• @user5054 you can’t do differential expression without groups or covariates. Feb 26 '18 at 17:45
• You can however estimate the parameters of a negative binomial model by treating all samples as if they come from a single group. Mar 28 '18 at 17:53

If reads were independently sampled from a population with given, fixed fractions of genes, the read counts would follow a multinomial distribution, which can be approximated by the Poisson distribution. However, the Poisson distribution assumes the mean equals the variance, which is usually not satisfied by the data. And for the RNA sequencing data, the variance is usually larger than the mean. So we can assume the data follows a $$Y|\lambda\sim Poisson(\lambda), \lambda\sim Gamma(r_0,b_0)$$ hierarchy.

\begin{align} P(Y=y)&=\int_{0}^{\infty}P(Y=y|\lambda)f(\lambda)d\lambda\\ &=\int_{0}^{\infty}\frac{e^{-\lambda}\lambda^y}{y!}\frac{b_0^{r_0}}{\Gamma(r_0)}\lambda^{r_0-1}e^{-b_0\lambda}d\lambda\\ &=\frac{b_0^{r_0}}{\Gamma(r_0)y!}\int_{0}^{\infty}e^{-\lambda}\lambda^y\lambda^{r_0-1}e^{-b_0\lambda}d\lambda\\ &=\frac{b_0^{r_0}}{\Gamma(r_0)y!}\int_{0}^{\infty}e^{-\lambda(b_0+1)}\lambda^{y+r_0-1}d\lambda\\ &=\frac{\Gamma(r_0+y)}{\Gamma(r_0)y!}\frac{b_0^{r_0}}{(b_0+1)^{r_0+y}}\int_{0}^{\infty}\frac{1}{\Gamma(r_0+y)}e^{-\lambda(b_0+1)}\lambda^{y+r_0-1}(b_0+1)^{r_0+y}d\lambda\\ &=\frac{\Gamma(r_0+y)}{\Gamma(r_0)y!}\frac{b_0^{r_0}}{(b_0+1)^{r_0+y}}\int_{0}^{\infty}\frac{1}{\Gamma(r_0+y)}e^{-\lambda(b_0+1)}[\lambda(b_0+1)]^{r_0+y}\frac{1}{\lambda}d\lambda\\ &=\frac{\Gamma(r_0+y)}{\Gamma(r_0)y!}\frac{b_0^{r_0}}{(b_0+1)^{r_0+y}}\\ &=\frac{\Gamma(r_0+y)}{\Gamma(r_0)y!}\left(\frac{1}{b_0+1}\right)^y\left(\frac{b_0}{b_0+1}\right)^{r_0}\\ \end{align} which is negative binomial distribution.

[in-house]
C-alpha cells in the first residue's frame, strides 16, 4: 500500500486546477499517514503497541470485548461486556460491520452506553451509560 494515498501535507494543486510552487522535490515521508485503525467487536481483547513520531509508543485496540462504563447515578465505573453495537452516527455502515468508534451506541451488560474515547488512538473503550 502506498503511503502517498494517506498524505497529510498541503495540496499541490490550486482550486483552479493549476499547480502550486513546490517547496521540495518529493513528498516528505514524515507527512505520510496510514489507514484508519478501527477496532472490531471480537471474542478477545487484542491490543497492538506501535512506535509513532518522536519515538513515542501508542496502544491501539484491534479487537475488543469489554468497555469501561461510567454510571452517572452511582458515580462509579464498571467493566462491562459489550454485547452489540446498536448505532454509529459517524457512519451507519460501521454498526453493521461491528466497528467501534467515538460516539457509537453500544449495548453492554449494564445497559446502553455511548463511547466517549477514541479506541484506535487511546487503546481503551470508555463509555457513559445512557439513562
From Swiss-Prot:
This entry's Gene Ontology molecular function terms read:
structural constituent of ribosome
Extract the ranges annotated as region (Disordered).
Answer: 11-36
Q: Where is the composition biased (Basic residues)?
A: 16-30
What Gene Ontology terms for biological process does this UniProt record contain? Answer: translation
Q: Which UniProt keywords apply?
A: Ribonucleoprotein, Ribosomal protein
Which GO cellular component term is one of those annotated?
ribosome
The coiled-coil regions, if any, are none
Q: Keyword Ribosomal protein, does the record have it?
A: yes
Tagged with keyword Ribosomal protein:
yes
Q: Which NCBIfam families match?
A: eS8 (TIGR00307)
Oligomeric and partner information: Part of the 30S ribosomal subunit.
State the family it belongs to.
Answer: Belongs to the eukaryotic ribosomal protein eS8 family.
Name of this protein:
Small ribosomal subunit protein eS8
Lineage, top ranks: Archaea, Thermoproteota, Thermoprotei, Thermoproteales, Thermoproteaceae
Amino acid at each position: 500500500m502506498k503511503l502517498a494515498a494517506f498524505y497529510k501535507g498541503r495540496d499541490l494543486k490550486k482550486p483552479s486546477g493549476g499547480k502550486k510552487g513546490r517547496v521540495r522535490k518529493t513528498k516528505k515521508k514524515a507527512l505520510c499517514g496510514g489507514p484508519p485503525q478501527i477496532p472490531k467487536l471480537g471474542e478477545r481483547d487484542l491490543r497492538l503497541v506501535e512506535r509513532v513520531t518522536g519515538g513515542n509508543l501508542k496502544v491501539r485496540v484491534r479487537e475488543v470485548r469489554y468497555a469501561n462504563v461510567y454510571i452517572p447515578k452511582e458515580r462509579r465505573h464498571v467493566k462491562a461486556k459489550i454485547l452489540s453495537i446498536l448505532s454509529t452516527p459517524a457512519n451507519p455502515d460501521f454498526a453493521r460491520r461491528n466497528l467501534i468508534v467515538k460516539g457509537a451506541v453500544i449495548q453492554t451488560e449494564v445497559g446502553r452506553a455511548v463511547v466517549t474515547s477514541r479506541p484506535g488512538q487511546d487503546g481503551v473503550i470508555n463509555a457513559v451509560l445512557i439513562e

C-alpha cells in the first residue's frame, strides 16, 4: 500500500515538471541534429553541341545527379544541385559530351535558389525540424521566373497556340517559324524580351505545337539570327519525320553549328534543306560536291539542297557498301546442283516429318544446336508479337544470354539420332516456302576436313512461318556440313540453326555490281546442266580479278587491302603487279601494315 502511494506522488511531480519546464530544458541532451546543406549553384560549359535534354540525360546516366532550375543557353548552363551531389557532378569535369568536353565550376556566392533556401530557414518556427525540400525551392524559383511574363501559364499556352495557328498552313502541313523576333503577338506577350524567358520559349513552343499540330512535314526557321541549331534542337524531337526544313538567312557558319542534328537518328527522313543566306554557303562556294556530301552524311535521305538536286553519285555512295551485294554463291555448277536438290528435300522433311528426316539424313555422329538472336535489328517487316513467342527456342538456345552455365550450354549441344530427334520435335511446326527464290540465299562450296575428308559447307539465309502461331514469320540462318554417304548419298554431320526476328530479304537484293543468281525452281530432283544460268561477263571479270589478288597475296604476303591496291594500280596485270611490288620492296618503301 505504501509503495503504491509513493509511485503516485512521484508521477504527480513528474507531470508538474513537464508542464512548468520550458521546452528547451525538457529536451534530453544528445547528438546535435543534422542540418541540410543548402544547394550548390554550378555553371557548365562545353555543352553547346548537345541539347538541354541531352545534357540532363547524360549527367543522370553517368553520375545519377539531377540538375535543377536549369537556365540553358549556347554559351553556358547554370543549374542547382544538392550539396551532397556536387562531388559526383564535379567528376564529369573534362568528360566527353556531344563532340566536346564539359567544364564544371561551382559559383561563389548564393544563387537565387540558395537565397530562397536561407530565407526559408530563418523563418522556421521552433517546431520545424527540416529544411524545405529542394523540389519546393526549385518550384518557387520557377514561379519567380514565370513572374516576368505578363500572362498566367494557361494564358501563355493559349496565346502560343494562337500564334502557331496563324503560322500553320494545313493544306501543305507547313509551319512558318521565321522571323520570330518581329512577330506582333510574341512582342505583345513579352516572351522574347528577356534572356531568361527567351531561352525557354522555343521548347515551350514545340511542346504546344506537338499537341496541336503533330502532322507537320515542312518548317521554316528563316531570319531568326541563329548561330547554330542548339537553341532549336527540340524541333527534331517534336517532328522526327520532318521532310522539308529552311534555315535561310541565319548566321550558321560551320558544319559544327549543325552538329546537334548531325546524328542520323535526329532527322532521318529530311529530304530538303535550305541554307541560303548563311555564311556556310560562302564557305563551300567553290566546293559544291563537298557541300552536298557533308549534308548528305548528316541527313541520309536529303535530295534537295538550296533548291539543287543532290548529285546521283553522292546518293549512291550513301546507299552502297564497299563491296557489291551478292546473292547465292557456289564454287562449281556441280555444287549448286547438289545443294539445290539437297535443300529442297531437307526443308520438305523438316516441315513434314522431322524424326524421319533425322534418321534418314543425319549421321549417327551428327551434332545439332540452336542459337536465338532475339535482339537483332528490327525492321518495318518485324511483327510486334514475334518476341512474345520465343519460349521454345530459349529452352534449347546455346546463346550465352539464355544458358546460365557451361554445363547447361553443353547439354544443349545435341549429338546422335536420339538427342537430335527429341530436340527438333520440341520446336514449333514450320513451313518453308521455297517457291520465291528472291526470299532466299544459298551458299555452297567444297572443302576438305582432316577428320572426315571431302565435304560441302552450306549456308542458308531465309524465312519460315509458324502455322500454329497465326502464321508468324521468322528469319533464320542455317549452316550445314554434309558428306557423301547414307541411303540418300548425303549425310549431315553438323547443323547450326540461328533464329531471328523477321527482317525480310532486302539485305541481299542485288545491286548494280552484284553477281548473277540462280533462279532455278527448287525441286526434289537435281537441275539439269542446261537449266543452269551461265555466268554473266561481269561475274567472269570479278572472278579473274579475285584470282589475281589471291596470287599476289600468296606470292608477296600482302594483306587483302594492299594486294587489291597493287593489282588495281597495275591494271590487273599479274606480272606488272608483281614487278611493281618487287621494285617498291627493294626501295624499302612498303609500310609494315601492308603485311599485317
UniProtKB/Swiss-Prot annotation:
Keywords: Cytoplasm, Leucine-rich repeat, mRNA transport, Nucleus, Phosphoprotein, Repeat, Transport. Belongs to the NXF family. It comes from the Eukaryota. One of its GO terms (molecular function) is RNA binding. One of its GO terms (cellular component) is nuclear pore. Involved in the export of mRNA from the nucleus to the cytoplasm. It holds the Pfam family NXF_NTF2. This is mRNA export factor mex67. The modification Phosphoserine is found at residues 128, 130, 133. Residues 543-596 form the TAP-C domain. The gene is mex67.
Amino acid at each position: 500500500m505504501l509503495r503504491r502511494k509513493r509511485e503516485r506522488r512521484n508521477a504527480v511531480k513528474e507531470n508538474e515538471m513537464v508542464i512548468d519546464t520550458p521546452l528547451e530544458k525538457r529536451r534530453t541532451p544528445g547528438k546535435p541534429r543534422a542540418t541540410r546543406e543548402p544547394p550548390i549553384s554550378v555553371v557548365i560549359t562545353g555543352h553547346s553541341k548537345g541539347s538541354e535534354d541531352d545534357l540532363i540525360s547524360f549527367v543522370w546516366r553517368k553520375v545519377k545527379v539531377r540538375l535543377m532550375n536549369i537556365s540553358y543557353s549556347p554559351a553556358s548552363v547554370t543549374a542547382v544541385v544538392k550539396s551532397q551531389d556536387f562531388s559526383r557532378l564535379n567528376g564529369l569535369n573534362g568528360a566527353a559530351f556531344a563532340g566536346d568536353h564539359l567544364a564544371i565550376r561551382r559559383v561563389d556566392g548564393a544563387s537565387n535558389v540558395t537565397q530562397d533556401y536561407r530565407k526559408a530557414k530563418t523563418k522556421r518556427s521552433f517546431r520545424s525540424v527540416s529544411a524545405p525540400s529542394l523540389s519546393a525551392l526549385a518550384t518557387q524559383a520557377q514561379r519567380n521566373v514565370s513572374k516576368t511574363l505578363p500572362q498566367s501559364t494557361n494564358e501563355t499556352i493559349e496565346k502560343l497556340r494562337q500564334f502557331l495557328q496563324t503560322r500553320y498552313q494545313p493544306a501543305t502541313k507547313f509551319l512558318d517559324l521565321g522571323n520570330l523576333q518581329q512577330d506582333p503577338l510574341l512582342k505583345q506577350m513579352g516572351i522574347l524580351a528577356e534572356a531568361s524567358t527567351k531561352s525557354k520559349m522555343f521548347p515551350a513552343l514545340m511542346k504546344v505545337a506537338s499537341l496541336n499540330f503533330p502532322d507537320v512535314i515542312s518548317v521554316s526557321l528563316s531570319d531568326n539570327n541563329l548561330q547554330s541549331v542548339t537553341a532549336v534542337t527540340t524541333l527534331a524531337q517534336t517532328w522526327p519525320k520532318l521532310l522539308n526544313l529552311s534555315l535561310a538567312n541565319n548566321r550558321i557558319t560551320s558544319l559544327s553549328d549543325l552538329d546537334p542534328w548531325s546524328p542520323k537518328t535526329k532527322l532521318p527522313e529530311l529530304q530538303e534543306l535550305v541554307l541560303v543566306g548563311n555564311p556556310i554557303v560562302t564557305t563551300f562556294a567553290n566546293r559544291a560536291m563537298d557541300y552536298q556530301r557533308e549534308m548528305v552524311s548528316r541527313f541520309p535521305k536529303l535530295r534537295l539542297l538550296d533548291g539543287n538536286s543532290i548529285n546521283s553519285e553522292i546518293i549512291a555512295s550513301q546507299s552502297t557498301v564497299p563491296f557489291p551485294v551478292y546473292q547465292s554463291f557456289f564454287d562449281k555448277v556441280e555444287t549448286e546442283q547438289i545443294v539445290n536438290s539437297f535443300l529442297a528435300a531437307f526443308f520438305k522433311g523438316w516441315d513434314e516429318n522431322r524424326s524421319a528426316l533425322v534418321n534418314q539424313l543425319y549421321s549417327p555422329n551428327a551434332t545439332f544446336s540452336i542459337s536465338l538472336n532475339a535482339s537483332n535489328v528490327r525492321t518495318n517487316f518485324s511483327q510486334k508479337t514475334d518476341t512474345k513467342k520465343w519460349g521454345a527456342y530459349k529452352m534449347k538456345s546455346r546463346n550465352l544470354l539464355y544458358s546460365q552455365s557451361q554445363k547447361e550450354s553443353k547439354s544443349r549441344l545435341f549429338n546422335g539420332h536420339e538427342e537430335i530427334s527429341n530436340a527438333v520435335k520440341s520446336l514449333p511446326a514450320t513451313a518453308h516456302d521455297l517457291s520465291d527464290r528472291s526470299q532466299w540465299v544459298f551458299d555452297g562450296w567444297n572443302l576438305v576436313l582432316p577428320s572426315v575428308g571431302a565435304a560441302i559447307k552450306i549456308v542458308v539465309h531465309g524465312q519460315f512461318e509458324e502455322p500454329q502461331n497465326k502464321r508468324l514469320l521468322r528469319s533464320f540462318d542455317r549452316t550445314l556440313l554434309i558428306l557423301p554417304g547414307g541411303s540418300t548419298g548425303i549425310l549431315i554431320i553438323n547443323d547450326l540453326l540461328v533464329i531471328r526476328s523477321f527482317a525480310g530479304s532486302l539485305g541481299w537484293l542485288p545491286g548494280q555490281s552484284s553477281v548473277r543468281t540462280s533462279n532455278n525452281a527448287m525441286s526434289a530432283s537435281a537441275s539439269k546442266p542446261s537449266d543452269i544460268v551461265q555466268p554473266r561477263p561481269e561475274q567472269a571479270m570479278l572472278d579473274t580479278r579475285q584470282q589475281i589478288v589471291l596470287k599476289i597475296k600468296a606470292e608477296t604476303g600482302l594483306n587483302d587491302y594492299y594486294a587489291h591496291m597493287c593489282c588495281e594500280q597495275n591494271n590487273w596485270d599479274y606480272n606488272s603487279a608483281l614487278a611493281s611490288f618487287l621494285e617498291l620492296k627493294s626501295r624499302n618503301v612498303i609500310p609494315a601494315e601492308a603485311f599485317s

Negative binomial distribution depicts the number of failures $$k$$ before $$r$$th success of a series of independent Bernoulli experiments, with success probability $$p$$: $$f(k;r,p)\equiv Pr(X=k)=\frac{\Gamma(k+r)}{k!\Gamma(r)}p^r(1-p)^k\quad k=0,1,2,\cdots$$